eBay propped up by PayPal, but Google's still killing 'em
Net revenue at online payments service PayPal grew 31 percent to $439 million, while the number of registered users of the credit card alternative rose 36 percent to 143 million.
Merchant services, the PayPal unit that supplies online payment services to Web sites beyond eBay's own properties, reported payment volumes grew 51 percent to $4.38 billion.
Competition from rival merchant payment system Google Checkout appears to be continuing to help drive PayPal's own growth, Whitman said. "Amazingly enough, we had 51 percent growth. The interest in this category is helping [PayPal]."
Readers of my book, The PayPal Wars, should know that it's no surprise to me that PayPal remains the engine of growth for eBay. The company's core auction business is facing strong competition from Google Adwords, and its management still suffers from the same lack of vision that I described in the book. All of this means that eBay is lucky that it has PayPal on its side to fuel revenue and user growth.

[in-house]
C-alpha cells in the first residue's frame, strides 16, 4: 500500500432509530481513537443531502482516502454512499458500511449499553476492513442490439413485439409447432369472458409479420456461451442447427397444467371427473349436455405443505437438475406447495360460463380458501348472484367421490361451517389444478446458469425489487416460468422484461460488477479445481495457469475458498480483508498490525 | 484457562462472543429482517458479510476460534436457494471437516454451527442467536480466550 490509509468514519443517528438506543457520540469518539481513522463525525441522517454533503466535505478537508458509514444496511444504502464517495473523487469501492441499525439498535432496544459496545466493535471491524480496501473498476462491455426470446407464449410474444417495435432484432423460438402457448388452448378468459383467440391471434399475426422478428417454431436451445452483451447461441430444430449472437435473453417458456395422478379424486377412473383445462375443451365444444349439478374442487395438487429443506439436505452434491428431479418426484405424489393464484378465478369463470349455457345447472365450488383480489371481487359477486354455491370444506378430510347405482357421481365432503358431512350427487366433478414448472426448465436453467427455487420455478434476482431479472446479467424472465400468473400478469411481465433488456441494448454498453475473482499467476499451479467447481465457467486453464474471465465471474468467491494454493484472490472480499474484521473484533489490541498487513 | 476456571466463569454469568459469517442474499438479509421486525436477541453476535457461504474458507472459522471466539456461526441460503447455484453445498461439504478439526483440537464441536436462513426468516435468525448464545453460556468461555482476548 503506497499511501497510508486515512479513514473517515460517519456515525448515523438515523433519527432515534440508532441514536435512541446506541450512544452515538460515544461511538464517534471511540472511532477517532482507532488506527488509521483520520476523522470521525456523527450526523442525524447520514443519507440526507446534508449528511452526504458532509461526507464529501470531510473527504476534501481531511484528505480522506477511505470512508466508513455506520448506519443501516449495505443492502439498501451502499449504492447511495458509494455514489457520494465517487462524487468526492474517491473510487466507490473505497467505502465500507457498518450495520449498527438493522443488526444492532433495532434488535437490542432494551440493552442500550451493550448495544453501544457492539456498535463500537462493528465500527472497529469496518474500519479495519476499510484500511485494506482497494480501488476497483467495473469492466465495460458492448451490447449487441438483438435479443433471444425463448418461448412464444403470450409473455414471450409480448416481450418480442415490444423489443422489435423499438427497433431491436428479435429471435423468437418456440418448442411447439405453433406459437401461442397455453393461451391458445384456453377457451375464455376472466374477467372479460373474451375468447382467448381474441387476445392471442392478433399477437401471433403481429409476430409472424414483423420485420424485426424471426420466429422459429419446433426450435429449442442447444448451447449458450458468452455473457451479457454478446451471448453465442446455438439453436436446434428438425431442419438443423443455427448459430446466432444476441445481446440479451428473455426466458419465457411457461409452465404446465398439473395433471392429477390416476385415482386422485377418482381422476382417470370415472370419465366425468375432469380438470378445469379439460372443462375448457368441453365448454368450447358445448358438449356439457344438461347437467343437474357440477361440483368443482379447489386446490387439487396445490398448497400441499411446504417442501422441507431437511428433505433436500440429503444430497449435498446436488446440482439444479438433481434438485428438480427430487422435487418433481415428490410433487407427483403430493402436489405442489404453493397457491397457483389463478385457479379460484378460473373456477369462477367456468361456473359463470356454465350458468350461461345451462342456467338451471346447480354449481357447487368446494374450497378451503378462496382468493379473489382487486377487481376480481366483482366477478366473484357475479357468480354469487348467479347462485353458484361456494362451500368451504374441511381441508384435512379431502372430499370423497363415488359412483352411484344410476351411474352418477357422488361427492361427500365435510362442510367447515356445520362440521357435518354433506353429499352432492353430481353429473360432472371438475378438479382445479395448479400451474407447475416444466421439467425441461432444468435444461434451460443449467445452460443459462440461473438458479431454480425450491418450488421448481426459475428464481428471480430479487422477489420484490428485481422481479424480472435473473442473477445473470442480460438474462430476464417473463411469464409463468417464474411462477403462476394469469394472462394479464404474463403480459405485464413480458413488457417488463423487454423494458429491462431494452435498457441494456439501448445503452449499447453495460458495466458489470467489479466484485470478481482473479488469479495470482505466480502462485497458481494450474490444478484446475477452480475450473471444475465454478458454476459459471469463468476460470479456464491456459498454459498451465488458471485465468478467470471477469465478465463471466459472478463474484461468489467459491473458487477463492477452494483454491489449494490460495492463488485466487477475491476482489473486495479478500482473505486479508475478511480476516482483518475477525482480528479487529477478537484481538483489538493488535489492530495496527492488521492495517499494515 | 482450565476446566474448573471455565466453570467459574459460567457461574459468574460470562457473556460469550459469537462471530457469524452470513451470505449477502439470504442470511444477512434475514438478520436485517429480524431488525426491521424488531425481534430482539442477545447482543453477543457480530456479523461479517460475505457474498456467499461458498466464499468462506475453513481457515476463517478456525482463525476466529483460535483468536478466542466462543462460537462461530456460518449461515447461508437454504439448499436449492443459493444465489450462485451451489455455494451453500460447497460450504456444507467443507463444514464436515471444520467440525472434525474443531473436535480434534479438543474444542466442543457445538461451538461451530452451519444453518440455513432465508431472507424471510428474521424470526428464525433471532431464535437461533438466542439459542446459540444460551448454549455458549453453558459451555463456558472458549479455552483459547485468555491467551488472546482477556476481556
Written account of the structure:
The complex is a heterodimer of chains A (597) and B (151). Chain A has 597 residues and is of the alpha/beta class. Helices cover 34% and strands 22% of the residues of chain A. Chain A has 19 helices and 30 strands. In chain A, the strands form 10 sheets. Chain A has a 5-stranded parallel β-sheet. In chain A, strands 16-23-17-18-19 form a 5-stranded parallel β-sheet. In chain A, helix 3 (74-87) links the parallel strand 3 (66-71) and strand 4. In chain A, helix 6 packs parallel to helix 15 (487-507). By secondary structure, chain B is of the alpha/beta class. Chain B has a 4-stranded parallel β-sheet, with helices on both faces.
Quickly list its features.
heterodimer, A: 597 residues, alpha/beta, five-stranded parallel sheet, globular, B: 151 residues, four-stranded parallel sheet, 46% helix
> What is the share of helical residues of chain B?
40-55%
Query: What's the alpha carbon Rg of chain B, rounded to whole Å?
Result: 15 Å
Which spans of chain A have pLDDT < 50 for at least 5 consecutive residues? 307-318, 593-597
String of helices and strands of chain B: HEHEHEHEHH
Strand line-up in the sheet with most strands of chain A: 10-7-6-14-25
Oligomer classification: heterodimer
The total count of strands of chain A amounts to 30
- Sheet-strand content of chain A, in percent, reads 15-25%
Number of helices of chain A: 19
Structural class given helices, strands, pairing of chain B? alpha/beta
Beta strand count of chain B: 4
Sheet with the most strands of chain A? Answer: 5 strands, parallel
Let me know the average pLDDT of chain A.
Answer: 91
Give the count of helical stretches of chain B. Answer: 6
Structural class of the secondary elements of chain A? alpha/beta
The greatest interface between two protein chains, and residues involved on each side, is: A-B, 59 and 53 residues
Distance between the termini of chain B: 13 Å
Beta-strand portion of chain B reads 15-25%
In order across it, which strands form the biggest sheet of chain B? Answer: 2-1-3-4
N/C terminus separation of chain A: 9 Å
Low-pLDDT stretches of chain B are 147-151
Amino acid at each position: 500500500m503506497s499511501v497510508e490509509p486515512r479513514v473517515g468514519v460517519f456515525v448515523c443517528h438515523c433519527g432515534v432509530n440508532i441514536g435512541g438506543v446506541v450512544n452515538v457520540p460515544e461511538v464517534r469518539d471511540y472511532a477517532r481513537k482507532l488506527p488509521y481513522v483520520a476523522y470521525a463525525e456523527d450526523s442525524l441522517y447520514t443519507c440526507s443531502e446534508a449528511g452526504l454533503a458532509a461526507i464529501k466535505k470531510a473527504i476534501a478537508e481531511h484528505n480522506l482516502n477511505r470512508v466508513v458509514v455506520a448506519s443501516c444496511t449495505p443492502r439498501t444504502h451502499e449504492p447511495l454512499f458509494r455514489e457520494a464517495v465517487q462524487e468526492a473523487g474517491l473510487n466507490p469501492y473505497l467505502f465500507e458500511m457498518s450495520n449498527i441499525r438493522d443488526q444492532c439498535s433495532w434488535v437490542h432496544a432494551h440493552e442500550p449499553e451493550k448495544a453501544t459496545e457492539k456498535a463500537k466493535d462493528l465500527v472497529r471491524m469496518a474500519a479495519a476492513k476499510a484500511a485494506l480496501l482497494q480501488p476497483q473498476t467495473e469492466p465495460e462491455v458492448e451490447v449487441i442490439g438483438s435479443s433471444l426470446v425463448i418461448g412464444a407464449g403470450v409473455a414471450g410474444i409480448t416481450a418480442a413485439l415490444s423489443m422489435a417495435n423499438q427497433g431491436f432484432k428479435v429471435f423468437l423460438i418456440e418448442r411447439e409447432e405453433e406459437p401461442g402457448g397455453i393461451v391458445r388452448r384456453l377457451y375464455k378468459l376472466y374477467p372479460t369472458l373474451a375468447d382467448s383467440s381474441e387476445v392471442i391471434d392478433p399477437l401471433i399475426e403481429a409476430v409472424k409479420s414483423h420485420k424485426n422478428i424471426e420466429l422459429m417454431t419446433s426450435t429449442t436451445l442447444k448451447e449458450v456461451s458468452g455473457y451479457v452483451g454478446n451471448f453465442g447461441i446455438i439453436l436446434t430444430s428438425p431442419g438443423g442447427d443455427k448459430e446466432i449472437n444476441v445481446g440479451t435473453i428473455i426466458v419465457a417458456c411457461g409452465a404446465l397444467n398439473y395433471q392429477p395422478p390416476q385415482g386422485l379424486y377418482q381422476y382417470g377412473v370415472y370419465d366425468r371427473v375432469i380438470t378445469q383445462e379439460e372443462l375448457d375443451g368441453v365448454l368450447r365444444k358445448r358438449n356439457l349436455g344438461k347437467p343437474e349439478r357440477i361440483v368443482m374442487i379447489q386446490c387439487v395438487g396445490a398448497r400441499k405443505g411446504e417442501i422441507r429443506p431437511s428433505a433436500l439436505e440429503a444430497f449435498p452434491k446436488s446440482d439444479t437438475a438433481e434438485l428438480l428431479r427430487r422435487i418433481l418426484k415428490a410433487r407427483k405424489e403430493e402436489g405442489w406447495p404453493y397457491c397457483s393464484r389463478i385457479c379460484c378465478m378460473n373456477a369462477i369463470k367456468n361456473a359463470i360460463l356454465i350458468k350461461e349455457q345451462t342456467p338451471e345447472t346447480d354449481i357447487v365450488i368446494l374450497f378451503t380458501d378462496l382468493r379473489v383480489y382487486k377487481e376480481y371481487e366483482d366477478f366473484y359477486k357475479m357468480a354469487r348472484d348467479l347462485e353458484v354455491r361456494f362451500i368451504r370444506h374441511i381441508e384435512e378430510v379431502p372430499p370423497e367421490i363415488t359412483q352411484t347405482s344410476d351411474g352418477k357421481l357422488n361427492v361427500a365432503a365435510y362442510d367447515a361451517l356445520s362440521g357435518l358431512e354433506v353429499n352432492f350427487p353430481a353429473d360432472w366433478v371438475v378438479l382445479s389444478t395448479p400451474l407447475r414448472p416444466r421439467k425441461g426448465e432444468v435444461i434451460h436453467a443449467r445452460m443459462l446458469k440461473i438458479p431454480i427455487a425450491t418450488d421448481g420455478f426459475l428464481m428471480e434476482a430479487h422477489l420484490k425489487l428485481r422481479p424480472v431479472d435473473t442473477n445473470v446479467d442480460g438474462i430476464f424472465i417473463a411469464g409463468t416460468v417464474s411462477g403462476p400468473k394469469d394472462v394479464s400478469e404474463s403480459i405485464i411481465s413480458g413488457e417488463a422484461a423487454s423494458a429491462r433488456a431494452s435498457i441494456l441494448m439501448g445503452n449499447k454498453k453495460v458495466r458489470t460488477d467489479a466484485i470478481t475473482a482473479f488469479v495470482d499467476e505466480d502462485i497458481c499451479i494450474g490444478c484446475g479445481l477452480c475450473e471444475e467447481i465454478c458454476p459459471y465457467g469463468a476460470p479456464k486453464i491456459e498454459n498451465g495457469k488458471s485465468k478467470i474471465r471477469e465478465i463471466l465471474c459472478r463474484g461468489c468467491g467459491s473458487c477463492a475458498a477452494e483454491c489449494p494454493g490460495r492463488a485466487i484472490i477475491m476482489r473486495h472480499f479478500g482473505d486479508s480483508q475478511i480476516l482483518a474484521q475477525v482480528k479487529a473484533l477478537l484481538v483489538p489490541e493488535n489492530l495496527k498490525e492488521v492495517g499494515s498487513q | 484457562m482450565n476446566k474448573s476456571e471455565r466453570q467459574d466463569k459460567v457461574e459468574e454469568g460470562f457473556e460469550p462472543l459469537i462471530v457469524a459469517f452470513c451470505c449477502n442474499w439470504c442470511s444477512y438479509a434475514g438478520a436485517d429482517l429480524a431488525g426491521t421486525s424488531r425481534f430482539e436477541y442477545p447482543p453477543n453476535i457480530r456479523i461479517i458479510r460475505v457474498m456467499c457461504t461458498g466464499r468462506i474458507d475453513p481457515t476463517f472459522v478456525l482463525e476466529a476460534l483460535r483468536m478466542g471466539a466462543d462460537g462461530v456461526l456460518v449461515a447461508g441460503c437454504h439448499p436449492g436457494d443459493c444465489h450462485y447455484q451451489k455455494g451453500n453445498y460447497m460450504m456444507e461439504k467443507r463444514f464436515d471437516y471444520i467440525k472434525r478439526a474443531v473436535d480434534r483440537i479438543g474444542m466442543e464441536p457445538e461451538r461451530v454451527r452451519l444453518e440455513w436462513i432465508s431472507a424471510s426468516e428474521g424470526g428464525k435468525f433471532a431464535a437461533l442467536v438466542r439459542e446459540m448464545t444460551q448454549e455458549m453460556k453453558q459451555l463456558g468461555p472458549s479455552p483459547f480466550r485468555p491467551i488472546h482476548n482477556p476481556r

Additionally, I'll comment on Meg's statement about Google Checkout. I think she's not seeing the forest for the trees here. The reason that PayPal's non-auction volume is growing rapidly is primarily because Google's ad program continues to decentralize online commerce; it's not because of any press that Checkout is getting. This growth is coming at the expense of eBay's auction websites, which offer costly centralized commerce. Meg admits that their U.S. and German marketplaces are lagging, but this failure is a symptom of the same underlying trend that's lifting PayPal's non-auction growth. At least Google's ability to harm eBay Inc. is mitigated by PayPal's ability to profit from this shift.
(Interested readers are welcome to download a free chapter of The PayPal Wars.)